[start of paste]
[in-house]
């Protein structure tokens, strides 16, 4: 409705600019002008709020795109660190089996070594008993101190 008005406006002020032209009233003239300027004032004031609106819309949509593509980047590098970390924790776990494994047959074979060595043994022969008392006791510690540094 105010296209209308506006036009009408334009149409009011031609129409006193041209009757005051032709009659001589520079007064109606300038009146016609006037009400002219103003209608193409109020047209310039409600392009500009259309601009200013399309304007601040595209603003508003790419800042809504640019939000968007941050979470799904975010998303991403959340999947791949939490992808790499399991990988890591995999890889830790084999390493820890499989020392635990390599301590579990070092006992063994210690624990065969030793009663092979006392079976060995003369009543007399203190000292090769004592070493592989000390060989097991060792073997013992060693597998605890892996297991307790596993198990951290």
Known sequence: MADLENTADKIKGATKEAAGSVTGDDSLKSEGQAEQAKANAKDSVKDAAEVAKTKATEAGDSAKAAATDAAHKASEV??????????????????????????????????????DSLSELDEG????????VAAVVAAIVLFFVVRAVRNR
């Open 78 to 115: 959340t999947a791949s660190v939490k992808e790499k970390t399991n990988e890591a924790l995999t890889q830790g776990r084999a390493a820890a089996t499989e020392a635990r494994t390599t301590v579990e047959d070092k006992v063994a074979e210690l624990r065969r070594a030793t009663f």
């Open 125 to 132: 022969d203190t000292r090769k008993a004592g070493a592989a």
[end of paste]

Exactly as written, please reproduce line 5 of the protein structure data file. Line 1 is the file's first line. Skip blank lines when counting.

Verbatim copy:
């Open 125 to 132: 022969d203190t000292r090769k008993a004592g070493a592989a």